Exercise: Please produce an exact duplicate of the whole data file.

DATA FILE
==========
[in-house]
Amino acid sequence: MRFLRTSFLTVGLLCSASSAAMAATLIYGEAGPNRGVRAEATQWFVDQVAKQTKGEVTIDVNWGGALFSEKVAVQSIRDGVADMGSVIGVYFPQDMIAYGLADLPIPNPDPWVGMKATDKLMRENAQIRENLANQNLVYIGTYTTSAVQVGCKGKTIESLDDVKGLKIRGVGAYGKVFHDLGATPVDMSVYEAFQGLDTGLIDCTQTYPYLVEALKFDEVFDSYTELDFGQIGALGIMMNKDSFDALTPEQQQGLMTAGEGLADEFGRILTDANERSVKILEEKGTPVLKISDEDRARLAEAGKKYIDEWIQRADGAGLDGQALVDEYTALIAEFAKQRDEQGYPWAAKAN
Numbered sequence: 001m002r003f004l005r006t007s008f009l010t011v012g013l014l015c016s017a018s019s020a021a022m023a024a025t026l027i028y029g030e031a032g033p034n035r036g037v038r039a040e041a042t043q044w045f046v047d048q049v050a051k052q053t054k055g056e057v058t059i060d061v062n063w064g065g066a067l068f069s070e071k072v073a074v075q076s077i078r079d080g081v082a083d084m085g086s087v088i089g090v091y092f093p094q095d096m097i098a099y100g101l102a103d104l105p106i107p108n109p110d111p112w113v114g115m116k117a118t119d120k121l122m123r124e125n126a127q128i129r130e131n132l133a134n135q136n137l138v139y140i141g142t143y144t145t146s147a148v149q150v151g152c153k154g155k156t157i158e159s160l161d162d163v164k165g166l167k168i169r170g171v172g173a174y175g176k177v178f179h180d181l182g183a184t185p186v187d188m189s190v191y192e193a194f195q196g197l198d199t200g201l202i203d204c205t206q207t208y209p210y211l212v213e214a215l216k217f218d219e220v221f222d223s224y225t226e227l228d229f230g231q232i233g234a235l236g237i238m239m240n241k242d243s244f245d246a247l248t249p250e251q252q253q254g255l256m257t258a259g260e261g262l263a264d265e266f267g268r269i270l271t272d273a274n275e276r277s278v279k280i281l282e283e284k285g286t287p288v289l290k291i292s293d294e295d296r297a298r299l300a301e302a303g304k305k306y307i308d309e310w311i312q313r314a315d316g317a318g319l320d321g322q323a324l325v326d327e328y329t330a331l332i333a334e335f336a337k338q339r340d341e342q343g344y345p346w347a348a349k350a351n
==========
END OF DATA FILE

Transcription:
[in-house]
Amino acid sequence: MRFLRTSFLTVGLLCSASSAAMAATLIYGEAGPNRGVRAEATQWFVDQVAKQTKGEVTIDVNWGGALFSEKVAVQSIRDGVADMGSVIGVYFPQDMIAYGLADLPIPNPDPWVGMKATDKLMRENAQIRENLANQNLVYIGTYTTSAVQVGCKGKTIESLDDVKGLKIRGVGAYGKVFHDLGATPVDMSVYEAFQGLDTGLIDCTQTYPYLVEALKFDEVFDSYTELDFGQIGALGIMMNKDSFDALTPEQQQGLMTAGEGLADEFGRILTDANERSVKILEEKGTPVLKISDEDRARLAEAGKKYIDEWIQRADGAGLDGQALVDEYTALIAEFAKQRDEQGYPWAAKAN
Numbered sequence: 001m002r003f004l005r006t007s008f009l010t011v012g013l014l015c016s017a018s019s020a021a022m023a024a025t026l027i028y029g030e031a032g033p034n035r036g037v038r039a040e041a042t043q044w045f046v047d048q049v050a051k052q053t054k055g056e057v058t059i060d061v062n063w064g065g066a067l068f069s070e071k072v073a074v075q076s077i078r079d080g081v082a083d084m085g086s087v088i089g090v091y092f093p094q095d096m097i098a099y100g101l102a103d104l105p106i107p108n109p110d111p112w113v114g115m116k117a118t119d120k121l122m123r124e125n126a127q128i129r130e131n132l133a134n135q136n137l138v139y140i141g142t143y144t145t146s147a148v149q150v151g152c153k154g155k156t157i158e159s160l161d162d163v164k165g166l167k168i169r170g171v172g173a174y175g176k177v178f179h180d181l182g183a184t185p186v187d188m189s190v191y192e193a194f195q196g197l198d199t200g201l202i203d204c205t206q207t208y209p210y211l212v213e214a215l216k217f218d219e220v221f222d223s224y225t226e227l228d229f230g231q232i233g234a235l236g237i238m239m240n241k242d243s244f245d246a247l248t249p250e251q252q253q254g255l256m257t258a259g260e261g262l263a264d265e266f267g268r269i270l271t272d273a274n275e276r277s278v279k280i281l282e283e284k285g286t287p288v289l290k291i292s293d294e295d296r297a298r299l300a301e302a303g304k305k306y307i308d309e310w311i312q313r314a315d316g317a318g319l320d321g322q323a324l325v326d327e328y329t330a331l332i333a334e335f336a337k338q339r340d341e342q343g344y345p346w347a348a349k350a351n